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Chile won the right Monday to host the largest-ever telescope, the Munich-based European Southern Observatory (ESO) said, calling the planned facility "the world's biggest eye in the sky". The other main contender site for the European Extremely Large Telescope (ELT), due to begin operation in 2018, was the Spanish isle of La Palma in the Canary Islands off western Africa.
The ELT is intended to dwarf the VLT. Work on the new telescope is to begin in December 2011 and cost 120 million dollars (90 million euros). "This is an important milestone that allows us to finalise the baseline design of this very ambitious project, which will vastly advance astronomical knowledge," ESO Director General Tim de Zeeuw said of the decision for Chile in a statement. The project calls for the construction of a huge telescope with a mirror 42 meters (138 feet) in diameter -- nearly as big as an Olympic-sized swimming pool. It will permit optical and near-infrared peering into the heavens.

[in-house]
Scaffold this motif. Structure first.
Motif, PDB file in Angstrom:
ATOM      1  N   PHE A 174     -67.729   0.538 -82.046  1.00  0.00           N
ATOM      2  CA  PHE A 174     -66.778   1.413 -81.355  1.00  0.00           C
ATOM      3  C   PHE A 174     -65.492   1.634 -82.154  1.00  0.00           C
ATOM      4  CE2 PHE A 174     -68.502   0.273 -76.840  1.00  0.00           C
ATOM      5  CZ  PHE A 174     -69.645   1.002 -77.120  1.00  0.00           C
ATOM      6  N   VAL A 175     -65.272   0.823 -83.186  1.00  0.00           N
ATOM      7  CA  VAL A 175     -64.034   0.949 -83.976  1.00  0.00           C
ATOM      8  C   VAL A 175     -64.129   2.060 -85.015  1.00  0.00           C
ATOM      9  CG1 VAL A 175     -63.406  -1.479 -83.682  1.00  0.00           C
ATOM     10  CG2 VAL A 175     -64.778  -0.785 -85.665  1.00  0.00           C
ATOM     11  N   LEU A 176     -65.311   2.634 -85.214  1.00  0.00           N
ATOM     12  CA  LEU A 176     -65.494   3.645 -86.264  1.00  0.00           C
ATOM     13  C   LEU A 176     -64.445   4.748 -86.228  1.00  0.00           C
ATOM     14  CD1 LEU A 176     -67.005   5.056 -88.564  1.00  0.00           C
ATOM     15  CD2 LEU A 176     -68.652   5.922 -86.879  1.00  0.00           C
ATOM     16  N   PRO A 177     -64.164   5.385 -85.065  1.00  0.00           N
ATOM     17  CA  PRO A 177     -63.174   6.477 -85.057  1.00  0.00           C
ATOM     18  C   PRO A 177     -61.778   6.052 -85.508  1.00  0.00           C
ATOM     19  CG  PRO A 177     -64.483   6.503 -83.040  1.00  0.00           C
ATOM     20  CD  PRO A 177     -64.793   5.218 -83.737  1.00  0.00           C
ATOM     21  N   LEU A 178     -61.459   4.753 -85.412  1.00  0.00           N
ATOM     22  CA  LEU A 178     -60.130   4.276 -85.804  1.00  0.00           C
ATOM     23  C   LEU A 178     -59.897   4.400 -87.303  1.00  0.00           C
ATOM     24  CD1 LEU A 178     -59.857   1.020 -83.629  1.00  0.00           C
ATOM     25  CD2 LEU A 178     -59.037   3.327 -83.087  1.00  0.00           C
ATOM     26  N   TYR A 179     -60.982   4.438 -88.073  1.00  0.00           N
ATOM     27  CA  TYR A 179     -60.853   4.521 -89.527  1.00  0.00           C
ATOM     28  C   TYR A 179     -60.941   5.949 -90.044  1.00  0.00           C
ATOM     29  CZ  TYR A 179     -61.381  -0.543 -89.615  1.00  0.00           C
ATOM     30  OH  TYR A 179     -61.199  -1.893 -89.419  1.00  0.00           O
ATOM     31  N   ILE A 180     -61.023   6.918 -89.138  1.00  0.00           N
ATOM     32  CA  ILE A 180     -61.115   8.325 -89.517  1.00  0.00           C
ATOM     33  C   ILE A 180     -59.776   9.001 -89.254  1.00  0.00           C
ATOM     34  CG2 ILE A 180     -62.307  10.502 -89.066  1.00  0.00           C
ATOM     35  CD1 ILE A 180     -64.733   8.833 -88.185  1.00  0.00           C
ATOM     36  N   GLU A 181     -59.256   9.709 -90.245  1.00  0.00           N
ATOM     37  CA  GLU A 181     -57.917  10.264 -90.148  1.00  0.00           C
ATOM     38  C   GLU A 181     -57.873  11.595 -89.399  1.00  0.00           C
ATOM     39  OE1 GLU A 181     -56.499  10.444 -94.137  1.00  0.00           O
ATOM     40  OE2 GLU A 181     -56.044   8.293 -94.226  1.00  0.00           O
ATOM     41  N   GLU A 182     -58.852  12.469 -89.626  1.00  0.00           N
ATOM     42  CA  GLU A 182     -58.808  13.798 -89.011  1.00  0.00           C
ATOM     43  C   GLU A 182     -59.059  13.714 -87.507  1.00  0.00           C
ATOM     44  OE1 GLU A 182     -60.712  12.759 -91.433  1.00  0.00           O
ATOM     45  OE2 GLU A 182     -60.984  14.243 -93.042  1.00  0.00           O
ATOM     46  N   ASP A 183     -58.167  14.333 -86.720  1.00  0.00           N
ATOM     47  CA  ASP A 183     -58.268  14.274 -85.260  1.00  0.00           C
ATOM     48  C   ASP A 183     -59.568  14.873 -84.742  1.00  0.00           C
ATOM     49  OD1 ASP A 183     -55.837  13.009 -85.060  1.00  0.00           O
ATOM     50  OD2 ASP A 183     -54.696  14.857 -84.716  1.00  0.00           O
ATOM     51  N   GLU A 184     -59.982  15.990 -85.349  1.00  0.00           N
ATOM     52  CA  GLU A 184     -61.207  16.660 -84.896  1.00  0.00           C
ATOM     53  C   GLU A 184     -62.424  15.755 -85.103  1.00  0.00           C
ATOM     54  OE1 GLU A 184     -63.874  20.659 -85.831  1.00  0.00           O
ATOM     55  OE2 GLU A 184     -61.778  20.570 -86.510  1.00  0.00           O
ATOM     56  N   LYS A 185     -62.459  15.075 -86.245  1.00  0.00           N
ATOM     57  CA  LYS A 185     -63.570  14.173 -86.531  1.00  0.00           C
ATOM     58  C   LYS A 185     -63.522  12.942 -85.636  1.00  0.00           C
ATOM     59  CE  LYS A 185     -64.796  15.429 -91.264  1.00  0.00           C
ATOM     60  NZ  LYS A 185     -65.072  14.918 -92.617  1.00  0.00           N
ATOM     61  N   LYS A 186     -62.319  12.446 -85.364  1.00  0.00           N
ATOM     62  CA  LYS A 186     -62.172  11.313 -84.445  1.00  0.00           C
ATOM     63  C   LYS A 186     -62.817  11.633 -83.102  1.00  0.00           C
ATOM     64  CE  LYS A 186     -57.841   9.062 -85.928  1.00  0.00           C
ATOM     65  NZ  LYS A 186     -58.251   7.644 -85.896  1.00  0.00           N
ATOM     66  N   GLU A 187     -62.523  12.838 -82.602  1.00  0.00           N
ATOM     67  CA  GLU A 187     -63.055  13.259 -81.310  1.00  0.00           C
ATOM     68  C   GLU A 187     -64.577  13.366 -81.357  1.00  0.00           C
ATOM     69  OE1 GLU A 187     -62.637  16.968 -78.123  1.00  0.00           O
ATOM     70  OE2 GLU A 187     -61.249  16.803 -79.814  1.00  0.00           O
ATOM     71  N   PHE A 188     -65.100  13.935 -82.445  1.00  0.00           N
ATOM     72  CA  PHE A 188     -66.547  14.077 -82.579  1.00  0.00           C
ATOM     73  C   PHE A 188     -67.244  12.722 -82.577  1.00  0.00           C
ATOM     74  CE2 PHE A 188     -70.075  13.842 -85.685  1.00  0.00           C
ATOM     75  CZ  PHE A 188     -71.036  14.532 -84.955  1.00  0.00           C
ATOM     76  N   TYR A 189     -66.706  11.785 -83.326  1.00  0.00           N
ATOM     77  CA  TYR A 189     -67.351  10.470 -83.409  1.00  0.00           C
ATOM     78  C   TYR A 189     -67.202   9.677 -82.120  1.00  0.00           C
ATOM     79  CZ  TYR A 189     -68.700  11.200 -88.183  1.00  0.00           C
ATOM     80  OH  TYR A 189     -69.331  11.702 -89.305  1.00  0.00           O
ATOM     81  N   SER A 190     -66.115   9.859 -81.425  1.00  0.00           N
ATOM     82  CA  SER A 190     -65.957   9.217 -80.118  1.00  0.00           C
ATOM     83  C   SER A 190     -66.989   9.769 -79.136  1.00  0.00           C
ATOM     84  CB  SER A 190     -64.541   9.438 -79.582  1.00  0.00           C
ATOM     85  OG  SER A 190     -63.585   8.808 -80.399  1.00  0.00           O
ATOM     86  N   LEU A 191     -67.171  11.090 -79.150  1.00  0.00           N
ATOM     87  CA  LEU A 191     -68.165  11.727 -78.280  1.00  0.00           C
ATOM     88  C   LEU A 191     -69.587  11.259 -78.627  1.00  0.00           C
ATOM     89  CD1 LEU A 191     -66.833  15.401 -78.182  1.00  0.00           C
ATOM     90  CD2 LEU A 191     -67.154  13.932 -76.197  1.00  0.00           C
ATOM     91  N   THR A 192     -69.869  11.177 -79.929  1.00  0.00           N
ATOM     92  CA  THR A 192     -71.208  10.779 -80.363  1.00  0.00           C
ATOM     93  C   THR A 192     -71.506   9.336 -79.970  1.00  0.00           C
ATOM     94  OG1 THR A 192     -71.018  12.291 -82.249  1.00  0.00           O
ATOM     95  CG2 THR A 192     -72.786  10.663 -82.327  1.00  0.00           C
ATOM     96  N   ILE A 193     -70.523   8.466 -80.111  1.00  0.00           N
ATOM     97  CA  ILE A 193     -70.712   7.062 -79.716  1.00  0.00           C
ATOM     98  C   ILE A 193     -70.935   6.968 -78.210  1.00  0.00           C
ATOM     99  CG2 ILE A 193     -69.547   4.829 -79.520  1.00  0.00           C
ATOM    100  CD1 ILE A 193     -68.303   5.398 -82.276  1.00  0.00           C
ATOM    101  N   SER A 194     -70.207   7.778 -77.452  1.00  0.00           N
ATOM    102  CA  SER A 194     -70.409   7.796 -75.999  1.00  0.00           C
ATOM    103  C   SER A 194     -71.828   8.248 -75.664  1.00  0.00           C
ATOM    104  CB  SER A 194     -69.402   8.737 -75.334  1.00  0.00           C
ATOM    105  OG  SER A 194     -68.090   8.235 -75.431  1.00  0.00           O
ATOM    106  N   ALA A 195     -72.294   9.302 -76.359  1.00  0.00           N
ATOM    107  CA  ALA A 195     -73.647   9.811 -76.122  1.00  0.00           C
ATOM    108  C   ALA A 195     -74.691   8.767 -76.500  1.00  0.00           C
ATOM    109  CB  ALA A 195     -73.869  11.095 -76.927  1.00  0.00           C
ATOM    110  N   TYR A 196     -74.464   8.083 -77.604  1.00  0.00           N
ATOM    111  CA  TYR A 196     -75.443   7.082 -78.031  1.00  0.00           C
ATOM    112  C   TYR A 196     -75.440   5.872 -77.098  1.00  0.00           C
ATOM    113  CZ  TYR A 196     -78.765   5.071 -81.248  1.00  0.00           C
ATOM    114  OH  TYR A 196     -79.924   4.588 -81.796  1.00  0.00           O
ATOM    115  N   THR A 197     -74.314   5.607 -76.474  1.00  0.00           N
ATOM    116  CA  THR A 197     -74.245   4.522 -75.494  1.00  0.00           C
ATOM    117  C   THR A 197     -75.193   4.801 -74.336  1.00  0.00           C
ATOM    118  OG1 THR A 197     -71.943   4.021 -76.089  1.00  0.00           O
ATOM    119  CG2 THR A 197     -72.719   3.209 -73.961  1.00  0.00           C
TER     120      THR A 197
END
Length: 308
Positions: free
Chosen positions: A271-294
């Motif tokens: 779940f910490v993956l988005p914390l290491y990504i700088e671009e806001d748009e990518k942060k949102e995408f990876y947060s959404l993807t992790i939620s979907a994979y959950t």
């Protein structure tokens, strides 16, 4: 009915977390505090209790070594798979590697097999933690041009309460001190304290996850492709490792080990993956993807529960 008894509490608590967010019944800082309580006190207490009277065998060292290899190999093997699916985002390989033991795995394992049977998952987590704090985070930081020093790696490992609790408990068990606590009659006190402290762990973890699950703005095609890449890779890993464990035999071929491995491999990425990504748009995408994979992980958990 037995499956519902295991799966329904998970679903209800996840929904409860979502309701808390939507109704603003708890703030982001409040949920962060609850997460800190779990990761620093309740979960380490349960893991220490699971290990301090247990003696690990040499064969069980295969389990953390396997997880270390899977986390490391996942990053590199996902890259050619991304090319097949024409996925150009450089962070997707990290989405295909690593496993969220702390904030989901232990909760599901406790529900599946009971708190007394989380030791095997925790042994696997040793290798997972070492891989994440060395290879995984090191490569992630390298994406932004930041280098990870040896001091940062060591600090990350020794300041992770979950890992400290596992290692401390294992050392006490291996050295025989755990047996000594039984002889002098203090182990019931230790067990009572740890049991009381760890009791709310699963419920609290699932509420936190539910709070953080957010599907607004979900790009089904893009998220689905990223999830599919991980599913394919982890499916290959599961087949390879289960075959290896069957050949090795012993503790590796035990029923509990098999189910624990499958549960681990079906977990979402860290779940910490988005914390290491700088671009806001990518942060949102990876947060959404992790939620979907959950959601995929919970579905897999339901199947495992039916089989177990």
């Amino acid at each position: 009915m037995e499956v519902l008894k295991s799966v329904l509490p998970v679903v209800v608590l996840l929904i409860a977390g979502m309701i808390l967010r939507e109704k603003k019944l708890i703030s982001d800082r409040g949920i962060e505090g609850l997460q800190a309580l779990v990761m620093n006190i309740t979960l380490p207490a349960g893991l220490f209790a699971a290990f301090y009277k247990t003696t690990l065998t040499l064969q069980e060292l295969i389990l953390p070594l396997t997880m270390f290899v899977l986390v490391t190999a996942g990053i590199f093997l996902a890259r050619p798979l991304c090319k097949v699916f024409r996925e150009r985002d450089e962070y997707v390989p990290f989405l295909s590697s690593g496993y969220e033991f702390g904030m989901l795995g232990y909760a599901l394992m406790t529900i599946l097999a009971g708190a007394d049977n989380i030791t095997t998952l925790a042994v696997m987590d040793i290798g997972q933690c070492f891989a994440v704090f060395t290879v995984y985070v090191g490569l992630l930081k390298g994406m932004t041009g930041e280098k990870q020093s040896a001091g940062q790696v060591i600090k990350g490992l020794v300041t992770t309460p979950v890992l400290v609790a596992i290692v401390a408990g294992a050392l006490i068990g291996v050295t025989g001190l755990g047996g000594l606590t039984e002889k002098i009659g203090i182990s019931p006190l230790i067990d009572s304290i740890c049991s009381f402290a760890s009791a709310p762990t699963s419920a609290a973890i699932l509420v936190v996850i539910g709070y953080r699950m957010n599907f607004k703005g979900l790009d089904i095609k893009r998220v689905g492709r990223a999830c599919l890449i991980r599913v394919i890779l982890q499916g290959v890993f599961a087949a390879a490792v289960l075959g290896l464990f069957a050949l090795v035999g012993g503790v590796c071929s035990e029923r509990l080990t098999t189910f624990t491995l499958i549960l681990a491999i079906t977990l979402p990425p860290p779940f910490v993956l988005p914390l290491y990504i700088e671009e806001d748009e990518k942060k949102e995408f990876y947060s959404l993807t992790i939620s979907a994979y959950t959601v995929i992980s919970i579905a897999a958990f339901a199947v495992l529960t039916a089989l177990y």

The observatory will be constructed on Cerro Armazones, a 3,000m-high mountain in Chile's Atacama Desert.
Astronomers say the next-generation observatory will be so powerful it will be able to image directly rocky planets beyond our Solar System.
It should also be able to provide major insights into the nature of black holes, galaxy formation, the mysterious "dark matter" that pervades the Universe, and the even more mysterious "dark energy" which appears to be pushing the cosmos apart at an accelerating rate.